The Immortal Life of Henrietta Lacks by Rebecca Skloot
“A story about modern day race relations masquerades as a medical ethics commentary and biography. Writing with sensitivity and remove, Rebecca Skloot highlights a fascinating medical marvel and a demographic of Americans that fails to benefit from the healthcare it has ushered in. Henrietta, whose cancer cells were taken during a routine operation in the 1950s and have since been the basis of medical research world-wide, is both the thread that holds the narrative together and the red herring in what is otherwise Skloot’s story about crossing race lines and encountering the ‘other’.”
This week, Shelf Talker Tuesday is in fact ShelfTalker Thursday. I’m sorry for the delay. Luke and I are in the process of moving and, between long car journeys and organizing our relocation, the blog has been a bit tardy. It’ll be a little chaotic over the next couple weeks, but I’ll be doing my best to stay with you.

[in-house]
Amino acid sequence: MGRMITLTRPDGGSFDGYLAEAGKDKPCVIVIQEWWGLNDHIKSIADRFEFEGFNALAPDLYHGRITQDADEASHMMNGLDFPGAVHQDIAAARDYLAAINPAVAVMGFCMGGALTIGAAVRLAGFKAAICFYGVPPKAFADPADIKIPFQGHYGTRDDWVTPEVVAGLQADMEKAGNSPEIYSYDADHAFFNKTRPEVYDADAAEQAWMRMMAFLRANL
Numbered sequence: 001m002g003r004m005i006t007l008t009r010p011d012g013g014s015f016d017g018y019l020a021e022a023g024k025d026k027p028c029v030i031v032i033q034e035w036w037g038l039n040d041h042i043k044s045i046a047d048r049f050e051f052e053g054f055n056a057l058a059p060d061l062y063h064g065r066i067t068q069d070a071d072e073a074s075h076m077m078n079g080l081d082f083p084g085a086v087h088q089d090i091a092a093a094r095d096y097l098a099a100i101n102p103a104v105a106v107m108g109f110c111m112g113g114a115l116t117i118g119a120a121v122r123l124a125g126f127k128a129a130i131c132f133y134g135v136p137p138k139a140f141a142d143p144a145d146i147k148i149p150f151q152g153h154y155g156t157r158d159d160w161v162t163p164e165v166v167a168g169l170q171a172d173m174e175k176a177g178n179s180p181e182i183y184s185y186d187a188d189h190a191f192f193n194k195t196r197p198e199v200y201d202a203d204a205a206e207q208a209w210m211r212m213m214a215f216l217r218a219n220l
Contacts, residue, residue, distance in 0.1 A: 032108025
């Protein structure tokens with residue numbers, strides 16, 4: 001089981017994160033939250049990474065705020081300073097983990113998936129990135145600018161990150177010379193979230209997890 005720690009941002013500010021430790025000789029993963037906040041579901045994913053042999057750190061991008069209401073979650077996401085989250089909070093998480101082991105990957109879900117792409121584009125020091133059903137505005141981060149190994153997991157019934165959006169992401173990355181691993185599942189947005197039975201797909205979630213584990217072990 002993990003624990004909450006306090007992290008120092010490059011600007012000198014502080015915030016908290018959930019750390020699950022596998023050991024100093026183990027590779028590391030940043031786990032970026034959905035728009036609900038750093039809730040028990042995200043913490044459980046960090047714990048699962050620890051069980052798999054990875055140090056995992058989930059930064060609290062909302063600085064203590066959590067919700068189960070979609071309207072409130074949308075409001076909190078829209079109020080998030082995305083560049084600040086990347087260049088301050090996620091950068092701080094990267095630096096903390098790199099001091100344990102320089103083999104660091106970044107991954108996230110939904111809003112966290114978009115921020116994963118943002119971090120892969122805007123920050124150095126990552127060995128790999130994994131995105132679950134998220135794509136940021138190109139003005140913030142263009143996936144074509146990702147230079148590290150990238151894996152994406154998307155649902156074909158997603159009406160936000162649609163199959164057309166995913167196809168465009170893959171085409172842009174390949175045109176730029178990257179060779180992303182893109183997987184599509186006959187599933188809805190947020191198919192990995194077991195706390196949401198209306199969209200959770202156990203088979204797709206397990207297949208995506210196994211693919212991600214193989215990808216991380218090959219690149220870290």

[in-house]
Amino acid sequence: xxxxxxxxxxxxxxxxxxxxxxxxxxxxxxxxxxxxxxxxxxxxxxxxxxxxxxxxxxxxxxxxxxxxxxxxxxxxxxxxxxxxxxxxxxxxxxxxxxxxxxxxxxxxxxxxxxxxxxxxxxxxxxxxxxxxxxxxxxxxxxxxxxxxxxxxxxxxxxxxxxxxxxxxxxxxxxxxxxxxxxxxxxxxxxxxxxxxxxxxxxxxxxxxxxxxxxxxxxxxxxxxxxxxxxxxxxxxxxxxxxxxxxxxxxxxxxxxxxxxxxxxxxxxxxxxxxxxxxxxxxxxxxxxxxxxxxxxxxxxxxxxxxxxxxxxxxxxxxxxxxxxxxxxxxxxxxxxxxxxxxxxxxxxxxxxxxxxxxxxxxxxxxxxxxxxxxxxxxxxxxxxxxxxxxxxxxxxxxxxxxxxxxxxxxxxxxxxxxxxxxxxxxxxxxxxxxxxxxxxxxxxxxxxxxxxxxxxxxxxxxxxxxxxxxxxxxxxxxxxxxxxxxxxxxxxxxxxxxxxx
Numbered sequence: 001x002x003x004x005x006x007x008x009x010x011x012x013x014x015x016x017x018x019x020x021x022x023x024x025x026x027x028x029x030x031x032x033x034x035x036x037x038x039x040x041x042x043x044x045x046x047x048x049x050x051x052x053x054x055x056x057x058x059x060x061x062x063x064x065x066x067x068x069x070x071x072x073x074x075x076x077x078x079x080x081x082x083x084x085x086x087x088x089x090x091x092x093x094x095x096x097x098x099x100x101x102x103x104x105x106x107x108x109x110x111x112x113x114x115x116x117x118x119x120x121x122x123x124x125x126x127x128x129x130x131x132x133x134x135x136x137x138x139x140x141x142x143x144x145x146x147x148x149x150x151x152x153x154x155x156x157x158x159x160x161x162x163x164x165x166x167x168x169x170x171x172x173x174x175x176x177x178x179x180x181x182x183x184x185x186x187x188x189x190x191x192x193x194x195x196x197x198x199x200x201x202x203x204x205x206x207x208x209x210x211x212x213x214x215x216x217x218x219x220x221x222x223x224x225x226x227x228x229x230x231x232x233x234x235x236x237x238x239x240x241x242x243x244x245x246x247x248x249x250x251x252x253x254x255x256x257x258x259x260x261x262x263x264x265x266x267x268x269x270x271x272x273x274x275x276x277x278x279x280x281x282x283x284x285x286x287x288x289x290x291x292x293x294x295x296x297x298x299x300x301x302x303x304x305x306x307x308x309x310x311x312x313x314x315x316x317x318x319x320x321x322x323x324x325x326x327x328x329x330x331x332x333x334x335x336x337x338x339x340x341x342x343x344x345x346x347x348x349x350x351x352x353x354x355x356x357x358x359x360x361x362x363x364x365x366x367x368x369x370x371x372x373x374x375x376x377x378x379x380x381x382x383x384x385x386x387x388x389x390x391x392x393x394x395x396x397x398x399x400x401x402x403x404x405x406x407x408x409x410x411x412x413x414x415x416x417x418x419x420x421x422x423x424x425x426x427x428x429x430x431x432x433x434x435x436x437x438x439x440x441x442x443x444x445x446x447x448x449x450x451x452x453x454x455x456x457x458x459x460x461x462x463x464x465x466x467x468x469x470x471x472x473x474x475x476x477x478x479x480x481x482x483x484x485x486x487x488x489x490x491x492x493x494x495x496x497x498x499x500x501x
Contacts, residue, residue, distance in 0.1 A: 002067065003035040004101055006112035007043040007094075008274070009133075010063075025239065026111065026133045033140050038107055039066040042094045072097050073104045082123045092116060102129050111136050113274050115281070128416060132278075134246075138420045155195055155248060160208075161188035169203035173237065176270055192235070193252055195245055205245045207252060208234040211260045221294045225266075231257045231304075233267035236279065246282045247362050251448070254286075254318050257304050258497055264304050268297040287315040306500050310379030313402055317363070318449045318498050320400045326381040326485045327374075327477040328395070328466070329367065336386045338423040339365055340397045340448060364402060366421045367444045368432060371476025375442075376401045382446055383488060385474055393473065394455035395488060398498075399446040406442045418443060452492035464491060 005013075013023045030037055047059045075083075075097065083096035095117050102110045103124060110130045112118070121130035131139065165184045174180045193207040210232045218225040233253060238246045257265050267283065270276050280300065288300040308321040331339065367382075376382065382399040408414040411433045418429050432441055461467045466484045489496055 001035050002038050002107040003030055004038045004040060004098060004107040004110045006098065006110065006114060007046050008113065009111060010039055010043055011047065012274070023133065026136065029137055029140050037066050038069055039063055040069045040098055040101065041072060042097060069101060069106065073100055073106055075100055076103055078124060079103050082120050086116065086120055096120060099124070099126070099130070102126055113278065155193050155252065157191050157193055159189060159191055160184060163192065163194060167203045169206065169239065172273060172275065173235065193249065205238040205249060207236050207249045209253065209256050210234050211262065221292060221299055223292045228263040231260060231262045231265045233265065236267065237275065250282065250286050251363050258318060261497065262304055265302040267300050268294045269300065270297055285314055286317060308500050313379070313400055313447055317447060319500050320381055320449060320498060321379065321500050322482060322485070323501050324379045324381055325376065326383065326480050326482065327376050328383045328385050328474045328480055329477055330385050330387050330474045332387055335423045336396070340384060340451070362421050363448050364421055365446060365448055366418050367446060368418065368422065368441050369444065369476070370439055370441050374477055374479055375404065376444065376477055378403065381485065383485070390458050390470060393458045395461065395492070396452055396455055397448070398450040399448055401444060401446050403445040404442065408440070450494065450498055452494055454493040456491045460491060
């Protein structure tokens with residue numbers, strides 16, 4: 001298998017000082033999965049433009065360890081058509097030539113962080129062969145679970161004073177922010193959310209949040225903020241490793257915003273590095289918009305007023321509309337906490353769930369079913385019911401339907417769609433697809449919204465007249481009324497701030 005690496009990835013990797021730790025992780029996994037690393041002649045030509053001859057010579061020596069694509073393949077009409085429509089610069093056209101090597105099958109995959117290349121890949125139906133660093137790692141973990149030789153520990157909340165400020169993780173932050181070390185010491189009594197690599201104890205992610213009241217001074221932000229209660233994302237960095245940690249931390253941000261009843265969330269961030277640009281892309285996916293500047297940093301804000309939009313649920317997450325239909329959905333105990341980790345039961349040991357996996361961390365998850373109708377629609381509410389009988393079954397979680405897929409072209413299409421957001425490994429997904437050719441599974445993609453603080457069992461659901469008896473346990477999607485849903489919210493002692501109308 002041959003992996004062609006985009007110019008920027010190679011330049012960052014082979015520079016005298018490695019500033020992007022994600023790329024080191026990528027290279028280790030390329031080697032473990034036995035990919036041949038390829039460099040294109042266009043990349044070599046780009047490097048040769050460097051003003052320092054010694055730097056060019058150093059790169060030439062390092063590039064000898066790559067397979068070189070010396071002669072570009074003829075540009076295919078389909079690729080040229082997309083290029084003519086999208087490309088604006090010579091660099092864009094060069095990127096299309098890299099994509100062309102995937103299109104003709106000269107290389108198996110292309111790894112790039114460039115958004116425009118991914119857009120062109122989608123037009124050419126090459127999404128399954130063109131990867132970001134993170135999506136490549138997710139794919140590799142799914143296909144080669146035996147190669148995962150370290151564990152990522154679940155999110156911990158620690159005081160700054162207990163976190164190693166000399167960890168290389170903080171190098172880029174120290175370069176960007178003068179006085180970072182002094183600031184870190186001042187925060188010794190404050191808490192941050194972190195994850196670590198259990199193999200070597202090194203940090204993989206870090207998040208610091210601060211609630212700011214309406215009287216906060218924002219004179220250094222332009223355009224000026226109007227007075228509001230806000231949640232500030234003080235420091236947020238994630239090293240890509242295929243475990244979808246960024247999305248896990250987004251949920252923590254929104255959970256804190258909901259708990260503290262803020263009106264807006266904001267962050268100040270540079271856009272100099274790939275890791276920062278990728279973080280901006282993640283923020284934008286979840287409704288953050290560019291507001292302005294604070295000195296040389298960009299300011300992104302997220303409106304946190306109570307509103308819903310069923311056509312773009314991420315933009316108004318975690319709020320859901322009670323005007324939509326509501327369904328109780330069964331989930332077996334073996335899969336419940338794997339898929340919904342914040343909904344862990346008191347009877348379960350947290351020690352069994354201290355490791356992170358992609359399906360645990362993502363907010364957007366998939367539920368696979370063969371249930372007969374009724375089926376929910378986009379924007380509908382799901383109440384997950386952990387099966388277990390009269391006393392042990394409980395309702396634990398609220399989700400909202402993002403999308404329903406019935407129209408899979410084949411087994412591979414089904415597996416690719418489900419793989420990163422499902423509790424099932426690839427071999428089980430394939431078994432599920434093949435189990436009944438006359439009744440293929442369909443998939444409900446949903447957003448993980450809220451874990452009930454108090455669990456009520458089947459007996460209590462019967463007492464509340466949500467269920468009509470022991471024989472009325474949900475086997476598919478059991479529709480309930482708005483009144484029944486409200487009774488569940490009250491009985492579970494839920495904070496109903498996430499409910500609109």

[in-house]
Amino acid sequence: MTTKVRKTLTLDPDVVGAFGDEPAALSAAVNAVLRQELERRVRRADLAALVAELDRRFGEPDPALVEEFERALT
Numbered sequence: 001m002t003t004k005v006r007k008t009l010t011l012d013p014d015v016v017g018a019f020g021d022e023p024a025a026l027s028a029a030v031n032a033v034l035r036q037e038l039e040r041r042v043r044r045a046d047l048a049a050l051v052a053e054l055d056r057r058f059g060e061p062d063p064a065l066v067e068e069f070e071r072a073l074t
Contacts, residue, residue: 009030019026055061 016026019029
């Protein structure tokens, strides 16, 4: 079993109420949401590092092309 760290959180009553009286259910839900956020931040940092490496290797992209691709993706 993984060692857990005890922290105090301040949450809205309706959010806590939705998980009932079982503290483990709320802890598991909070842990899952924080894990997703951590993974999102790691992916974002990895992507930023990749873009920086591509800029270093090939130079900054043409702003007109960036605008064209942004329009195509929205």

Would you like to contribute a review for Tuesday Shelf Talker? If so, I’d love to hear from you. The shelf talkers are 2-3 sentence reviews of a book hand-written on card stock. They are a quick and nice way of hearing what someone has read and enjoyed (or not!), while paying homage to the staff recommendations you might find in a brick-and-mortar bookstore.
What book would you want to share with the world? Have you read any shelf talkers in bookstores that inspired you to buy the book? What was the book?